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On 6/26/2019 at 1:09 PM, Patch said:

I agree that length off the club face is not proportional to one's handicap. 

As for one example, I am a short hitter, but I still have a decent handicap. I straight up, out play much longer hitters alot of times. 

Another example is my Grandson. Big tall strong guy who consistently hits 300+ yard drives, and stays in, or very near the fairway a very high percentage of the time. He has absolutely no short, scoring game. 

Now if I had his long, accurate game, I would be a very low handicapper. Maybe even closer to scratch. 

I've been playing for 50+ years and my lowest hdcp was 7. I've never been really long off the tee, but my short game and putting have always helped me score. I'll be 70 in January and have knee and shoulder issues that have greatly reduced my swing speed. However, I still enjoying playing and have found that distance off the tee is not as important for senior amateurs as it is for tour players. My group plays a 6250 yard course and while I'm almost always the shortest off the tee, I usually shoot the lowest score. The key is being able to score from 80 to 100 yards from the green. While driving gets the most attention, I think putting is far and away the most important part of the game. Just look at Dustin Johnson. He bombs it 300+ on almost every hole. However, he only wins when he putts well.  That's just my take; maybe I'm wrong.

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34 minutes ago, Hoganman1 said:

I've been playing for 50+ years and my lowest hdcp was 7. I've never been really long off the tee, but my short game and putting have always helped me score. I'll be 70 in January and have knee and shoulder issues that have greatly reduced my swing speed. However, I still enjoying playing and have found that distance off the tee is not as important for senior amateurs as it is for tour players. My group plays a 6250 yard course and while I'm almost always the shortest off the tee, I usually shoot the lowest score. The key is being able to score from 80 to 100 yards from the green. While driving gets the most attention, I think putting is far and away the most important part of the game. Just look at Dustin Johnson. He bombs it 300+ on almost every hole. However, he only wins when he putts well.  That's just my take; maybe I'm wrong.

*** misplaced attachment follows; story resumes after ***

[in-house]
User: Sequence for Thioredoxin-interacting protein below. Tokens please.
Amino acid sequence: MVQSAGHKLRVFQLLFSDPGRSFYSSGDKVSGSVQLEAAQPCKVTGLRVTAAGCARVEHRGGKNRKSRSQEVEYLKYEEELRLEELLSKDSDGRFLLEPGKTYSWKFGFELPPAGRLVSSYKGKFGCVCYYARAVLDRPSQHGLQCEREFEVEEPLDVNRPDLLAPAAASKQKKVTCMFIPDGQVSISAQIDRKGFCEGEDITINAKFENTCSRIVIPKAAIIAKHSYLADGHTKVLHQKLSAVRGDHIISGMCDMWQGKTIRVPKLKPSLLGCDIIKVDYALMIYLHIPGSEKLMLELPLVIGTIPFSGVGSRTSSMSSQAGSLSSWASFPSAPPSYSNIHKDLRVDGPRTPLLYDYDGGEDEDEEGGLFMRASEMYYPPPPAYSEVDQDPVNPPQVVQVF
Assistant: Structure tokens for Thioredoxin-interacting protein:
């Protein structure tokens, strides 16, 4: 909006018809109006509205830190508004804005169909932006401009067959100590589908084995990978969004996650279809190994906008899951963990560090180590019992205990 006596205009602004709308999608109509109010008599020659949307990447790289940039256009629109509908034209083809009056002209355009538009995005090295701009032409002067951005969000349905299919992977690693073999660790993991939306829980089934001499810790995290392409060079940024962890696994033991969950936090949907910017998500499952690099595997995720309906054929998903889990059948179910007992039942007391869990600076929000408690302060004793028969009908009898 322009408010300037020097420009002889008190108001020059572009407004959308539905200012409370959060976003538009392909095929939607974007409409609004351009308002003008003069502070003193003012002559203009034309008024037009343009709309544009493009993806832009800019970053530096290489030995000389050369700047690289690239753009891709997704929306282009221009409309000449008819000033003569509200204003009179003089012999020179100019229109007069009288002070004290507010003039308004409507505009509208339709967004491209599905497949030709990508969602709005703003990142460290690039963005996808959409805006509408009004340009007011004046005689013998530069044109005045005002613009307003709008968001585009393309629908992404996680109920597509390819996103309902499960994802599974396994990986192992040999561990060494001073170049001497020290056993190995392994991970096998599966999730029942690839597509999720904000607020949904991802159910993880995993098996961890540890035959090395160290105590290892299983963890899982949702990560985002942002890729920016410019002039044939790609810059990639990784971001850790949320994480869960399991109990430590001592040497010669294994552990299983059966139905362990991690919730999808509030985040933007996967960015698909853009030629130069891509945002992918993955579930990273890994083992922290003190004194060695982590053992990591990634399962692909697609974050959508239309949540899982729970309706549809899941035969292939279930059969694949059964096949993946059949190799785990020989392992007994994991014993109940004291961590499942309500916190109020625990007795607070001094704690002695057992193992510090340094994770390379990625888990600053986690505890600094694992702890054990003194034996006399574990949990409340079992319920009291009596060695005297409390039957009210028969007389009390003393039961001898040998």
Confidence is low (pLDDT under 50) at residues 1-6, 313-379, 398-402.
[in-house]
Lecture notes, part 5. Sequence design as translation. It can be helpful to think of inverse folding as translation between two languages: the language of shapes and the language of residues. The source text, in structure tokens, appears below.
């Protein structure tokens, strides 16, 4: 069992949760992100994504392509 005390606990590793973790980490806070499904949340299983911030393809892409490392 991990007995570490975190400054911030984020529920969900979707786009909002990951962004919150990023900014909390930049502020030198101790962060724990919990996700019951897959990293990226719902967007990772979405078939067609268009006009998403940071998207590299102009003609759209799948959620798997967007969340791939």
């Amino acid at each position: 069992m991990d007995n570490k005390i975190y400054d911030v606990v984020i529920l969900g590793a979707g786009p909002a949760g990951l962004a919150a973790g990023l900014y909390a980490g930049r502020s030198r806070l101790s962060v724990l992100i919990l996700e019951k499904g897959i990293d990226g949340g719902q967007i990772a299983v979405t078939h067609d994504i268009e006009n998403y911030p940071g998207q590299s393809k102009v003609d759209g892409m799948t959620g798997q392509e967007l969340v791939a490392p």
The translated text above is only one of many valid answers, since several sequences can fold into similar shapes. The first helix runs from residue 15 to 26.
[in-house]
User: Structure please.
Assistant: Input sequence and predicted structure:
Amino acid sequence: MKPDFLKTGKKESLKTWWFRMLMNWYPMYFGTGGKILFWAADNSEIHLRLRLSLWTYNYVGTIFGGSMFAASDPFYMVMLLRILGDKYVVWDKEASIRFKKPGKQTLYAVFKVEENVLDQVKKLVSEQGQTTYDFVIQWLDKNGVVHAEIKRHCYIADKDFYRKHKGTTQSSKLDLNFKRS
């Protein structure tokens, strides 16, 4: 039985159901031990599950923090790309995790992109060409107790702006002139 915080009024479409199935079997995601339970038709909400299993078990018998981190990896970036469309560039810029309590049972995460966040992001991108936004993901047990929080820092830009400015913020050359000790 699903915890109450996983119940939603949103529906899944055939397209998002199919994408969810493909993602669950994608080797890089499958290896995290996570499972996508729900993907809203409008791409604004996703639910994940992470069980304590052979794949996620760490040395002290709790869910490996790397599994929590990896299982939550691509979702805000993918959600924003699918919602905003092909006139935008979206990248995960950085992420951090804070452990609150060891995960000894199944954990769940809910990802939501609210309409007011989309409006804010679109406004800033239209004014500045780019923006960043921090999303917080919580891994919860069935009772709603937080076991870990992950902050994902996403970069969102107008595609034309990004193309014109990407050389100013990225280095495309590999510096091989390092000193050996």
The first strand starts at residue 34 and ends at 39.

The stats don’t bear that out. He actually ranks pretty high in SG putting. Of course to win on tour with every people playing so well you gotta have everything going well.

However, many have won mostly due to strokes gained tee to green- check stats on BK in his dominance lately. At the PGA for example he only gained one stroke in putting for the week, while Spieth gained nearly 10. Who won? BK did on his ballstriking because it gives you more chances to make putts. A hot putter only lasts so long while striking leads to long term consistency. 

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4 hours ago, Hoganman1 said:

Just look at Dustin Johnson. He bombs it 300+ on almost every hole. However, he only wins when he putts well.

That's actually incorrect. Not to be pretentious but there's a difference between what you 'think you see or feel' and what actually happened. From 2013-2019 DJ hasn't been ranked better than 25th on strokes gained from putting. Yet in those same years for strokes gained tee to green he's never been worse than 19th. For most of those years he was top 3. So no, it's not his putting that has him standing out.

Edited by Vinsk

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OK, Maybe DJ is not a good example.  However, my point was that I think putting is more important than driving for senior amateurs. Feel free to disagree. 

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4 minutes ago, Hoganman1 said:

However, my point was that I think putting is more important than driving for senior amateurs. Feel free to disagree. 

I do disagree, being able to advance the ball as far as possible is the most important. 

A golfer is going to be relatively consistent putting. If they end up taking 2 shots to get the ball onto the green versus 3 or 4 shots, those add up way more quickly.